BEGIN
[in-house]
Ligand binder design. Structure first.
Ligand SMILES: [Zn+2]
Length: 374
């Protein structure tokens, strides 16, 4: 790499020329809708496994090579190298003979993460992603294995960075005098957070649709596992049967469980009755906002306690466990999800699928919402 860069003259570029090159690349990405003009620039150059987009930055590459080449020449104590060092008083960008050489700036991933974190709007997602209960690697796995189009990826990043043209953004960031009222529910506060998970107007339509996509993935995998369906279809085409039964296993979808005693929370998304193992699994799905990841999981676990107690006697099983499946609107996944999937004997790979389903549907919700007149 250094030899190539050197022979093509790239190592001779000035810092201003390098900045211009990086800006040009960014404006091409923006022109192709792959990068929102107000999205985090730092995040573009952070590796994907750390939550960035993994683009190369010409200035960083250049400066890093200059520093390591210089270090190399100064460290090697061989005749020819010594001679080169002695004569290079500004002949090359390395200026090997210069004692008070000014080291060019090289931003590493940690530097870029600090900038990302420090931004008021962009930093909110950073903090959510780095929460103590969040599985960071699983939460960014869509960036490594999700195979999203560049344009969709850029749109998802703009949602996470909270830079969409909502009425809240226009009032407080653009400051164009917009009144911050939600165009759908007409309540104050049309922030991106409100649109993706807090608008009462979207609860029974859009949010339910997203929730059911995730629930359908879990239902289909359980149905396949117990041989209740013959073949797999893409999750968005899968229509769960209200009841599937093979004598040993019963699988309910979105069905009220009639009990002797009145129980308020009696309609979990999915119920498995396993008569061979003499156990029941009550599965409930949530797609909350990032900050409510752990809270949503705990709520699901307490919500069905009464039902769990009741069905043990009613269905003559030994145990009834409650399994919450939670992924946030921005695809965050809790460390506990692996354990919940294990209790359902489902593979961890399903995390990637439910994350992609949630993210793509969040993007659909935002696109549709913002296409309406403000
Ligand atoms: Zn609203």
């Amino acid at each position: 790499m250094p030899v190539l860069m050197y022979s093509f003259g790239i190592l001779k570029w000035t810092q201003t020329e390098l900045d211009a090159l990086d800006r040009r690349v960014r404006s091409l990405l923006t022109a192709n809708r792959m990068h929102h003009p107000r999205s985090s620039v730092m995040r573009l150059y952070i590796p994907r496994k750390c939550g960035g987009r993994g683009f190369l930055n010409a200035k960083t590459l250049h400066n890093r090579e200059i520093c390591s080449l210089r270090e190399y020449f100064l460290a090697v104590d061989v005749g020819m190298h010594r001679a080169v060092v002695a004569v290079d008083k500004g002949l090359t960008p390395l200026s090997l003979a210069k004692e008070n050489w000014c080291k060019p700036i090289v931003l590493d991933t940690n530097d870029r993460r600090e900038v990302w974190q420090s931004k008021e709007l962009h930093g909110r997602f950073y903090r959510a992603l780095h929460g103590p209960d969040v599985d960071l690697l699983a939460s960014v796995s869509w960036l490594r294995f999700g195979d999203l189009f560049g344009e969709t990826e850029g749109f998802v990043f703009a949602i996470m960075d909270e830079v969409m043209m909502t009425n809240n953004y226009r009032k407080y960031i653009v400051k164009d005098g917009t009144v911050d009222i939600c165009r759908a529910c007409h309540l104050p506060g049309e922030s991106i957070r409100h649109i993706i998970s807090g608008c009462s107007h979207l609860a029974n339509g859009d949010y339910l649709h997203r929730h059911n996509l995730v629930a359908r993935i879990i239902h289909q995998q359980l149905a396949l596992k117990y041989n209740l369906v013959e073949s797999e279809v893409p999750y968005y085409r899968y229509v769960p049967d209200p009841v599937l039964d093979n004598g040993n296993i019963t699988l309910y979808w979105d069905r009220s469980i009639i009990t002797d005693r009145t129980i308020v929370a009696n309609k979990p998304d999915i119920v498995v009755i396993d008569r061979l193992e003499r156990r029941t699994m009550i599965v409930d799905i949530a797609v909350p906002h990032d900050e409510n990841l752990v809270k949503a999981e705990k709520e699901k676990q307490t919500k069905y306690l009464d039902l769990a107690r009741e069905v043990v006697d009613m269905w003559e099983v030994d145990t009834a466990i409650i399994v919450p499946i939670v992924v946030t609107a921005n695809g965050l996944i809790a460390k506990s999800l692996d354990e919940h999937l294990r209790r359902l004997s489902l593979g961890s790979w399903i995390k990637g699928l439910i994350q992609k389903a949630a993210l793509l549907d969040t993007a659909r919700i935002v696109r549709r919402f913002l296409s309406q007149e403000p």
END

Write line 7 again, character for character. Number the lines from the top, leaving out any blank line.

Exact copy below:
């Amino acid at each position: 790499m250094p030899v190539l860069m050197y022979s093509f003259g790239i190592l001779k570029w000035t810092q201003t020329e390098l900045d211009a090159l990086d800006r040009r690349v960014r404006s091409l990405l923006t022109a192709n809708r792959m990068h929102h003009p107000r999205s985090s620039v730092m995040r573009l150059y952070i590796p994907r496994k750390c939550g960035g987009r993994g683009f190369l930055n010409a200035k960083t590459l250049h400066n890093r090579e200059i520093c390591s080449l210089r270090e190399y020449f100064l460290a090697v104590d061989v005749g020819m190298h010594r001679a080169v060092v002695a004569v290079d008083k500004g002949l090359t960008p390395l200026s090997l003979a210069k004692e008070n050489w000014c080291k060019p700036i090289v931003l590493d991933t940690n530097d870029r993460r600090e900038v990302w974190q420090s931004k008021e709007l962009h930093g909110r997602f950073y903090r959510a992603l780095h929460g103590p209960d969040v599985d960071l690697l699983a939460s960014v796995s869509w960036l490594r294995f999700g195979d999203l189009f560049g344009e969709t990826e850029g749109f998802v990043f703009a949602i996470m960075d909270e830079v969409m043209m909502t009425n809240n953004y226009r009032k407080y960031i653009v400051k164009d005098g917009t009144v911050d009222i939600c165009r759908a529910c007409h309540l104050p506060g049309e922030s991106i957070r409100h649109i993706i998970s807090g608008c009462s107007h979207l609860a029974n339509g859009d949010y339910l649709h997203r929730h059911n996509l995730v629930a359908r993935i879990i239902h289909q995998q359980l149905a396949l596992k117990y041989n209740l369906v013959e073949s797999e279809v893409p999750y968005y085409r899968y229509v769960p049967d209200p009841v599937l039964d093979n004598g040993n296993i019963t699988l309910y979808w979105d069905r009220s469980i009639i009990t002797d005693r009145t129980i308020v929370a009696n309609k979990p998304d999915i119920v498995v009755i396993d008569r061979l193992e003499r156990r029941t699994m009550i599965v409930d799905i949530a797609v909350p906002h990032d900050e409510n990841l752990v809270k949503a999981e705990k709520e699901k676990q307490t919500k069905y306690l009464d039902l769990a107690r009741e069905v043990v006697d009613m269905w003559e099983v030994d145990t009834a466990i409650i399994v919450p499946i939670v992924v946030t609107a921005n695809g965050l996944i809790a460390k506990s999800l692996d354990e919940h999937l294990r209790r359902l004997s489902l593979g961890s790979w399903i995390k990637g699928l439910i994350q992609k389903a949630a993210l793509l549907d969040t993007a659909r919700i935002v696109r549709r919402f913002l296409s309406q007149e403000p």